State of the Economy: December 2011Posted: December 9, 2011
Its been a while since I wrote on the economy. From where I sit the US economy has stabilized and are growing in strength. Consumer confidence and spending is back. Large corporations are still making good profits. The only big minus, is congressional inability to decide on anything at all. I don’t see congress being able to get anything meaningful done before the nation votes either for a new President or gives the current President’s policies a vote of approval. Until then we could just send congress home to their states and save tax payers money.
EU had a major economic conference last night and it was a total disaster. In my opinion EU was destroyed for good when Germany, France and Italy retained a veto, while scrapping the need for full consent of all members of emergency fund decisions, ending any equality between member states. Imagine the United States with California, Texas and New York having a veto in congress. I think we would start to hear about secession plans very quickly. The fact that the UK was totally isolated from the EU also doesn’t speak well for the future of the union. Imagine having Florida sidelined from the union.
What I think will happen is that we will see the monetary union first down sized to fiscally healthy members. Without monetary union the economic differences between nations in the political union will grow out of control, which will force the better performing nations to limit free movement of labor across boarders. Then goes Schengen. Once we dismantle Schengen, the union is gone. With time we will only have a union between France, Germany and Italy, with a handful of smaller countries, as second class citizens.
Going back to the US, the reason why the United States is starting to rebound is due to the unprecedented level of monetary intervention by the Federal Reserve. Yes, there will be commissions and blaming, because the trillions of dollars spent and the national debt are hard for the nations collective psyche to accept, but the fact is that without bold decisive action we would be facing the same crisis as Europe. The difference being that the EU doesn’t have the collective will to take unprecedented action and thus will ultimately fail. Could the monetary intervention have been handled differently… absolutely. And that is why congress will be having hearings for years. In a society with this degree of political power wielded by special interest groups, you will always see in any big policy change morally questionable transfer of wealth. We need to remember that all sectors of American industry operate under the economic principle of maximizing share holder value. The current execution of that principle is short term and we need to get back to a long term mindset, but that change in mindset will take a generation. Universities need to be teaching economics students about long term shareholder value creation and grinding it into their thinking. We balk at C-level greed, but as a nation of shareholders that is what we’ve asked of them, what we incentivize them on and how we have our universities educate them.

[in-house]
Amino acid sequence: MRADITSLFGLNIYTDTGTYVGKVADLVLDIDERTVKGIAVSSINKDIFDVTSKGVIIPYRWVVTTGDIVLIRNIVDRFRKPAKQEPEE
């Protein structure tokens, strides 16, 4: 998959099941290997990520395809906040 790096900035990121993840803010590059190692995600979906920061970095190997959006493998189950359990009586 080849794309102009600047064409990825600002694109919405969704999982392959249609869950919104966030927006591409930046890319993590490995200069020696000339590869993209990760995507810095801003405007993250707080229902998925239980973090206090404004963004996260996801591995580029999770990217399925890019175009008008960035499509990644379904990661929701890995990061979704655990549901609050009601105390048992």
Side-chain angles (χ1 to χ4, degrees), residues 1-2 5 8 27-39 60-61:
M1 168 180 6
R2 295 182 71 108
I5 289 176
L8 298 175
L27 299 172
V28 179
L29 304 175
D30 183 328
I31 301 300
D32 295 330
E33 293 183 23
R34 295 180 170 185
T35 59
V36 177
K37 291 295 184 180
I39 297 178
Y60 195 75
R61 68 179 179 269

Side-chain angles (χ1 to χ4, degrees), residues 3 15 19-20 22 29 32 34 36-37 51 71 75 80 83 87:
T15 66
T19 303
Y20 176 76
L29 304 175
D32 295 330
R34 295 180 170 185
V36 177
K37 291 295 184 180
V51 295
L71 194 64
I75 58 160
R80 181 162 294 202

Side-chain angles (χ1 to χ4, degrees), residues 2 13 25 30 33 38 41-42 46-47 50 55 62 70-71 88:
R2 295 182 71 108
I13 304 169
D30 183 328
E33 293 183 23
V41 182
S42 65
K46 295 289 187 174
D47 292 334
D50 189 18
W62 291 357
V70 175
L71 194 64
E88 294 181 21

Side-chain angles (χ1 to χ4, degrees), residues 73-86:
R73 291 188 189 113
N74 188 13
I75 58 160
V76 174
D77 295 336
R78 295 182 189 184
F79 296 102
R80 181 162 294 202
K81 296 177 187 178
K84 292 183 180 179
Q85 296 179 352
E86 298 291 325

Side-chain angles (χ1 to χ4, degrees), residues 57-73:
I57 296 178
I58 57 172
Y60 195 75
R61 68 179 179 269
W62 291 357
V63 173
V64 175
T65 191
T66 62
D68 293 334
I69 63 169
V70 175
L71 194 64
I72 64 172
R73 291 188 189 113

Like with everything else, the future is in our youth. We need to instill healthy principles of frugality, equality, hard work and ethics in to our youth, so when they grow to lead our nation they will make better decisions than we have.